• On-location scenes featuring highly verbal arguments – next to the Tagus, showing the Vasco de Gama Bridge.  When it’s windy.  Wow. OLTL would never, never pay to fix the sound.  They’d just shoot it in one of the “outside” sets, since it’s set in a fake town anyway with no landmarks.
  • Major characters dusting umbrella plants with a rag.    I don’t have a photo.  My mom taped over it before I realized how awesome it was.
  • A much more realistic portrayal of cigar-smoking, sinister men.    I’m sure this isn’t only in Portugal, but it certainly isn’t in America!

I am not scary enough for you.....


  • A shiny crow on someone’s head.  Look at his big brown eyes!  I’ll tune in tomorrow!

My mom swears it's not his real hair.


  • NO COMMERCIALS!!!  I’m not lying!  Portuguese TV shows the commercials between shows, not during.  I’m thinking if I could understand the dialogue, this might actually make for better shows that aren’t constrained by three breaks a half hour.   But at this point, I won’t know the difference!


Beer Bonging On TV, And Paying Writers to Tell You When to Yam.

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I am spending 2 weeks convalescing at my mother’s house.  She kindly provided me with a cable box in my room, complete with RTP.  Ah, luxury!  Normally, to watch the big bucks channels, I have to go all the way to the living room, because she won’t pay for a box for a room where no one lives.

SHOCKER: my mother has RTP.   This is like the Queen making an appearance on the WWE.

For most of my life, my mom has been very anti-RTP.  RTP, growing up, was considered a step backward and a waste of perfectly good money.   It is for people who can’t pronounce “Sears.”  Even my grandmother, whose English was spotty at best, wouldn’t shell out for the dishy-dish.

My mother would marvel that her cousins had no idea what was on TV in their hometown in Canada.  She still does, except now, they watch the same game shows on RTP.  They don’t like the same ones, but that’s another story.

So of course, I’ve seen TV in Portugal.  I didn’t like it much, because it mostly seemed to be talk shows and BBC movies.  I was a kid. This was about as cool as having to hang out on the beach with my grandparents.  SO I expected RTP to be some kind of high brow, talk-heavy interest show that would teach me everything I needed to know about living in Portugal that I’d missed in the last 36 years.

Instead, the first time I turn it on without my mother screaming “LOOK A., THIS IS BEAAAAAUUUTIFUL!,” I see this:


Portuguese man. Really. Because nobody in Mexico looks like this.

At first, I’m mildly offended; then I see somebody throw up.

No, really, homie THROWS UP!!!

So I gingerly limp run to the living room and ask my mother to view this travesty of Lusophone cultural expression.  My mother carefully translates for me, “That title means ‘Last To Leave.'”    Uh… Thanks.  I’ve never seen an “Exit” sign in Portugal or anything…… And to top it off, she’s completely nonplussed by the show’s content.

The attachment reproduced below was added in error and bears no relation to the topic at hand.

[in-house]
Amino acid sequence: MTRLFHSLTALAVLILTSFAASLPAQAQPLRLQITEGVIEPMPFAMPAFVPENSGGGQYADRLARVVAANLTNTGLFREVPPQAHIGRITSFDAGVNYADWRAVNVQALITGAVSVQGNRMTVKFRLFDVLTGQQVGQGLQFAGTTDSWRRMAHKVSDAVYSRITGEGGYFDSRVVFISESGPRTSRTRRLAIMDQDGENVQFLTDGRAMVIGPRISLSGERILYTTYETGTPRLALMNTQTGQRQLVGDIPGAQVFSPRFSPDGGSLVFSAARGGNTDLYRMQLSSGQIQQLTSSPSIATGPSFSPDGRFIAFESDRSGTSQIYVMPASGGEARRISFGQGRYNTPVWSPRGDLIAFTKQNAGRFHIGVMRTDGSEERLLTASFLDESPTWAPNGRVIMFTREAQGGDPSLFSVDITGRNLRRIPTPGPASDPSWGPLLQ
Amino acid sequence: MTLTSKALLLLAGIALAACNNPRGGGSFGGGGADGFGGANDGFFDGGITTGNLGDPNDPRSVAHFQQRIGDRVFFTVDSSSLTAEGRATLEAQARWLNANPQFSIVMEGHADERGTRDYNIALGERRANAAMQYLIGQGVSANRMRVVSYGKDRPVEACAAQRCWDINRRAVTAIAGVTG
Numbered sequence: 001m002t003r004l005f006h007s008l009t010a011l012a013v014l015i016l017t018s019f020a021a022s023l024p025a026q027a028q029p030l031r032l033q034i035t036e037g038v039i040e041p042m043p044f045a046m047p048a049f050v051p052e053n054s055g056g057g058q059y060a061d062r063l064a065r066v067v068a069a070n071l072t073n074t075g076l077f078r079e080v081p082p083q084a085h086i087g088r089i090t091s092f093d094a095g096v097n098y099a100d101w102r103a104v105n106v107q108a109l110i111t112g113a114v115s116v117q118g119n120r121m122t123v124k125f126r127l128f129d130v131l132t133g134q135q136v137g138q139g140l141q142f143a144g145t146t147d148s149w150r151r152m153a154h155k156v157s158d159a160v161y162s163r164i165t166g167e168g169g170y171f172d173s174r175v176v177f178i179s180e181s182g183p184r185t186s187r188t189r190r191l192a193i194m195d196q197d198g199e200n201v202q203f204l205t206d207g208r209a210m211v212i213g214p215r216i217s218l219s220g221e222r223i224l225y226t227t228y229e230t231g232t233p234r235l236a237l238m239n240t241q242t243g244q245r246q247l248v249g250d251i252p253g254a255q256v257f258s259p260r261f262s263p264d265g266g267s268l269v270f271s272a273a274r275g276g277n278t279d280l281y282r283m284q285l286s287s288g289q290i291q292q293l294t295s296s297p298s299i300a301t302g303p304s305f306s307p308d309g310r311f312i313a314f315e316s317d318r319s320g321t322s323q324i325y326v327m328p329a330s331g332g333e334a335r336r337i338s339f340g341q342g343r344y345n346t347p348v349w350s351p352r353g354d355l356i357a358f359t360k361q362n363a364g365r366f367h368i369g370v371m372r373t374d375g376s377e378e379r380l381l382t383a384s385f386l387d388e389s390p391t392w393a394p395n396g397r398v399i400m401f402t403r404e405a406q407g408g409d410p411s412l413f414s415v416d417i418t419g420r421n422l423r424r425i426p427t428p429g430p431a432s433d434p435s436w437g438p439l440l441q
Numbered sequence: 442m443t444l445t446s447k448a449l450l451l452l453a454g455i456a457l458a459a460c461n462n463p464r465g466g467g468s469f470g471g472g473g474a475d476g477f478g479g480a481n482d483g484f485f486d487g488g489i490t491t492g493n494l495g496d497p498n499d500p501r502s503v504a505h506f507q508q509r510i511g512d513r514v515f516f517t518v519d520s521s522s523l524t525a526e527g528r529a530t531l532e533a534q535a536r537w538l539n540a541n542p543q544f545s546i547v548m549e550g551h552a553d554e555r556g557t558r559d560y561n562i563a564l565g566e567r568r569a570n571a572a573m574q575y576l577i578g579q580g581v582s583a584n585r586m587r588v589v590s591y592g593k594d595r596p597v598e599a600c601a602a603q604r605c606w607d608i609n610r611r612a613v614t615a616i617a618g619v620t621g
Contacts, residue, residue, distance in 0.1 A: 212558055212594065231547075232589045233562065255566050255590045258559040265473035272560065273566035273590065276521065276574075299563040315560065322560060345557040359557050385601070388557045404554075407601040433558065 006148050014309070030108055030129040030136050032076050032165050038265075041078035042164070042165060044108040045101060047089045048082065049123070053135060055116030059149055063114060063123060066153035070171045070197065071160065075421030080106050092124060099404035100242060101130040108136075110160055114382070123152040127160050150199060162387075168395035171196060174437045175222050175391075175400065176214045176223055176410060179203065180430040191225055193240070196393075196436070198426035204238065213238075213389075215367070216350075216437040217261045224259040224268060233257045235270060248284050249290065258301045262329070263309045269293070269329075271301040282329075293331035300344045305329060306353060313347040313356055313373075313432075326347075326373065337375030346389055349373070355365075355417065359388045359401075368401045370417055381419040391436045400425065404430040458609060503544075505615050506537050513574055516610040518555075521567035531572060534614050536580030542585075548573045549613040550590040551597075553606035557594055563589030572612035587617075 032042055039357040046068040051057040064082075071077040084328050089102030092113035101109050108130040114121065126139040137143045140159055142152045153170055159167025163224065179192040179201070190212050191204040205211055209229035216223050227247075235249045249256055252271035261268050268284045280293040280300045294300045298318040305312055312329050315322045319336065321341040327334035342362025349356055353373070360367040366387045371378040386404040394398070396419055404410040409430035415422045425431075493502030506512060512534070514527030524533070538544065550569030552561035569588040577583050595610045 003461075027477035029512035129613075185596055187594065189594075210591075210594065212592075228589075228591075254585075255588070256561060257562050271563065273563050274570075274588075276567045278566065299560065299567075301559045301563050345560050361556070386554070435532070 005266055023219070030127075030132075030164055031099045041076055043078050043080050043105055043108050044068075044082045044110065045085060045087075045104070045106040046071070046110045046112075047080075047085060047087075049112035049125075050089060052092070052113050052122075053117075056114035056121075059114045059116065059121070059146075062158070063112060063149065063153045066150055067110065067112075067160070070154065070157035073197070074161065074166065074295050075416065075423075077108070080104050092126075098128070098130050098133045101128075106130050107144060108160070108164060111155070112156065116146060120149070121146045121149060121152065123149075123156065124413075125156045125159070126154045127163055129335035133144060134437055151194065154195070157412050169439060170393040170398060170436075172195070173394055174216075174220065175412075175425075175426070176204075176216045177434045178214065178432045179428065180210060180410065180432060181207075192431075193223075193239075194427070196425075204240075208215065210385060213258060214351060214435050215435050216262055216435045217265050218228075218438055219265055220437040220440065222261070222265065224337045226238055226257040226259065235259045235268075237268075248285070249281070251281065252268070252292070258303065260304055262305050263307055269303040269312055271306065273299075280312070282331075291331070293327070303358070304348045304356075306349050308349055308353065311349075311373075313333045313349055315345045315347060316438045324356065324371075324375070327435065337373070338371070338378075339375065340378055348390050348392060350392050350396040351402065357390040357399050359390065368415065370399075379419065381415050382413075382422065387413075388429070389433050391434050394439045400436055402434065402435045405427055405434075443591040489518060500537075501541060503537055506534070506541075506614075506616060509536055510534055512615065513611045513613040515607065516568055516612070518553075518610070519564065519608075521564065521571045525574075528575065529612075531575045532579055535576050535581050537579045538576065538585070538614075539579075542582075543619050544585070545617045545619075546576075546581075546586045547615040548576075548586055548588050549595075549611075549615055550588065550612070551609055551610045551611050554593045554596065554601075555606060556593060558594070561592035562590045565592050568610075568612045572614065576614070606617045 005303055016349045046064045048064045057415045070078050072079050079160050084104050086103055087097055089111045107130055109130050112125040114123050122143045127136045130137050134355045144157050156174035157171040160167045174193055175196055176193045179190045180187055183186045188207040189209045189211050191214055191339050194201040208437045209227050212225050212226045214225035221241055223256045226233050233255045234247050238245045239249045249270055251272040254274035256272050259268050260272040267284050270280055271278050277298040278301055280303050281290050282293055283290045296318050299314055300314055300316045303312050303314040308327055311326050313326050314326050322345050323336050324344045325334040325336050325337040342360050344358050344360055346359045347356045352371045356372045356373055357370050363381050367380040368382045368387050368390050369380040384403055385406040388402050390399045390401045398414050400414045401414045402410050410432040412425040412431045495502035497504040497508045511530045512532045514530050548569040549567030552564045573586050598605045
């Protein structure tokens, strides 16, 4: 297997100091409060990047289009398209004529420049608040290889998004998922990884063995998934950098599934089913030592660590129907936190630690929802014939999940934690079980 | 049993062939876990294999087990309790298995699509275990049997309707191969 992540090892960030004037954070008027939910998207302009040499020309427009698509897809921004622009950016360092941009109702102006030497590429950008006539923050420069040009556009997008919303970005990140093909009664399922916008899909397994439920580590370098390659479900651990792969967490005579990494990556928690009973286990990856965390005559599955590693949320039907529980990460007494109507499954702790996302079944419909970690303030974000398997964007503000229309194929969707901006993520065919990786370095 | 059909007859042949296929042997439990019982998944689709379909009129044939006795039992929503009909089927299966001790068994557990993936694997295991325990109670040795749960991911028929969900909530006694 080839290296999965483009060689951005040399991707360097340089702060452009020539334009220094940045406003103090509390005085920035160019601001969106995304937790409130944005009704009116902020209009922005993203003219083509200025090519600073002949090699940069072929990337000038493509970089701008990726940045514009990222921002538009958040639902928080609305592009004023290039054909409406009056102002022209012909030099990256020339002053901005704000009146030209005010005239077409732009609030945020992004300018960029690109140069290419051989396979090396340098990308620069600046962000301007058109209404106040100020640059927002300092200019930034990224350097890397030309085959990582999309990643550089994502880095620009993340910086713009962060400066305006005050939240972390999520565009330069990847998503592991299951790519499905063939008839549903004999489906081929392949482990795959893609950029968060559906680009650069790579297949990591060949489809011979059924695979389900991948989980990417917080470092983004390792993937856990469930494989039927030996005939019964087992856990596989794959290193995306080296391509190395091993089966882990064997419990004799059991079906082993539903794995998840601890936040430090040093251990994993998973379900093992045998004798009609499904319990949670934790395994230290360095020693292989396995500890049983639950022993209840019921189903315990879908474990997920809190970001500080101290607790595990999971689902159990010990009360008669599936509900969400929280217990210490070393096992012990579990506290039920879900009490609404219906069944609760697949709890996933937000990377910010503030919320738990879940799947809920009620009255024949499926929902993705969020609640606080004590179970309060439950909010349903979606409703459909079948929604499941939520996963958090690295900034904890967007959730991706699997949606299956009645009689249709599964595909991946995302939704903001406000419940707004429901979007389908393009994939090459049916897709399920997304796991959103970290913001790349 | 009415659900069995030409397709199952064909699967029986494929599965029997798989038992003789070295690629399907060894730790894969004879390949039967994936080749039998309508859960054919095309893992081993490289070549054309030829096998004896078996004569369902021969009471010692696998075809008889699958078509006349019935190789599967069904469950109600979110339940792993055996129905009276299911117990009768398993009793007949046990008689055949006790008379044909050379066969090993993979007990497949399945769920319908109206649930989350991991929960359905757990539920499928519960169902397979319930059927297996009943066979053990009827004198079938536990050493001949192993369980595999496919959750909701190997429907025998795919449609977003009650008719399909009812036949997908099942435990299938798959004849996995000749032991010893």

“That show is stupid.  I never watch it.  Even my cousin thinks it’s stupid.”

Wow.  Her cousin can’t say “Sears” to save her life…. If her cousin hates it, it must be total donkey shit.  And it is.

Two more people, one of them female, throw up what is unmistakably beer foam.  Thanks, RTP.  I mean, sometimes I do wax pathetic for freshman year of college….  a lot of which was spent in crappy Tijuana bars watching my suitemates drink and throw up foam…. Though the sombreros and blankets were collecting dust in stores along the border, not on people’s heads…

My mom leaves in disgust that I am continuing to watch and take pictures with my cell phone.

*               *                 *

It gets better.

Babblefish translates the show description (I don’t trust myself yet to just um… read it) this:

“Seems one; reality show … but it is a fiction. ”  Whaaaaaat?

I’m not kidding! See for yourself:

The only real thing is the name of the actor and simple details about his life.  The rest is written and improv-ed to look like a real reality show.  I mean, the irony of that is all very po-mo, but……… why bother?

I finally understand why the Portuguese have a debt crisis; they managed to forget the ONE thing that makes reality TV shows better than a scripted show: YOU DON’T HAVE TO PAY THE WRITERS!!!!!  But here they’re writing in people’s ultimate stupidity that they could just get from roping in some real idiots.

Sorry.  I’m just really amazed.

I don’t know what I was thinking.  But my visits to Portugal have tended to roll a bit more high brow than this fiasco. So yeah, beer upchuck isn’t going to cut it.  But then again, I stumbled on a program in France once where there was a bed in the middle of the audience and contestants pretended to have sex and got prizes for the best feigned humping.  Yes, this was in the land of Monet and Voltaire and Asterix et Obelix.

Plus, if you’re going to do the drunkass sector of Mexico right, where were the drunk-dog carts?